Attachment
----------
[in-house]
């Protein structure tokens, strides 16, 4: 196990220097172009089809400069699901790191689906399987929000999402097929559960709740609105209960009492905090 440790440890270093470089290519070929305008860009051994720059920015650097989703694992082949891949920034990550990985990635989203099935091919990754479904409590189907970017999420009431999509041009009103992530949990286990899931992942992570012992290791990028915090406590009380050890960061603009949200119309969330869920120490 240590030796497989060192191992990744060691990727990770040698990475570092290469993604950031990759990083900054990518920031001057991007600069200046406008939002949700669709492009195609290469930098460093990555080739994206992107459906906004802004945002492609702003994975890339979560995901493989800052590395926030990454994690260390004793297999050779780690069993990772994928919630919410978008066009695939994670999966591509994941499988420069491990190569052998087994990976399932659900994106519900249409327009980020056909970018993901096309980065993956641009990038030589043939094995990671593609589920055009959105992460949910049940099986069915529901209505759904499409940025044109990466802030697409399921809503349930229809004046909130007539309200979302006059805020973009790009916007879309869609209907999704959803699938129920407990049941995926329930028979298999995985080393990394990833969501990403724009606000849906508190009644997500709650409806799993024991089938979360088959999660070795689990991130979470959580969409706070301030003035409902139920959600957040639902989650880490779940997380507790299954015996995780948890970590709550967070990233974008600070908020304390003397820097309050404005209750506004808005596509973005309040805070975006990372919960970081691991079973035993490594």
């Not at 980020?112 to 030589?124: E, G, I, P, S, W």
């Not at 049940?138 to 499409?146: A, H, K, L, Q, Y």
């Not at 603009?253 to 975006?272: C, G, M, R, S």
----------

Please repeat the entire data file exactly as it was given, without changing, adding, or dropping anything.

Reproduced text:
[in-house]
């Protein structure tokens, strides 16, 4: 196990220097172009089809400069699901790191689906399987929000999402097929559960709740609105209960009492905090 440790440890270093470089290519070929305008860009051994720059920015650097989703694992082949891949920034990550990985990635989203099935091919990754479904409590189907970017999420009431999509041009009103992530949990286990899931992942992570012992290791990028915090406590009380050890960061603009949200119309969330869920120490 240590030796497989060192191992990744060691990727990770040698990475570092290469993604950031990759990083900054990518920031001057991007600069200046406008939002949700669709492009195609290469930098460093990555080739994206992107459906906004802004945002492609702003994975890339979560995901493989800052590395926030990454994690260390004793297999050779780690069993990772994928919630919410978008066009695939994670999966591509994941499988420069491990190569052998087994990976399932659900994106519900249409327009980020056909970018993901096309980065993956641009990038030589043939094995990671593609589920055009959105992460949910049940099986069915529901209505759904499409940025044109990466802030697409399921809503349930229809004046909130007539309200979302006059805020973009790009916007879309869609209907999704959803699938129920407990049941995926329930028979298999995985080393990394990833969501990403724009606000849906508190009644997500709650409806799993024991089938979360088959999660070795689990991130979470959580969409706070301030003035409902139920959600957040639902989650880490779940997380507790299954015996995780948890970590709550967070990233974008600070908020304390003397820097309050404005209750506004808005596509973005309040805070975006990372919960970081691991079973035993490594």
């Not at 980020?112 to 030589?124: E, G, I, P, S, W």
């Not at 049940?138 to 499409?146: A, H, K, L, Q, Y």
């Not at 603009?253 to 975006?272: C, G, M, R, S």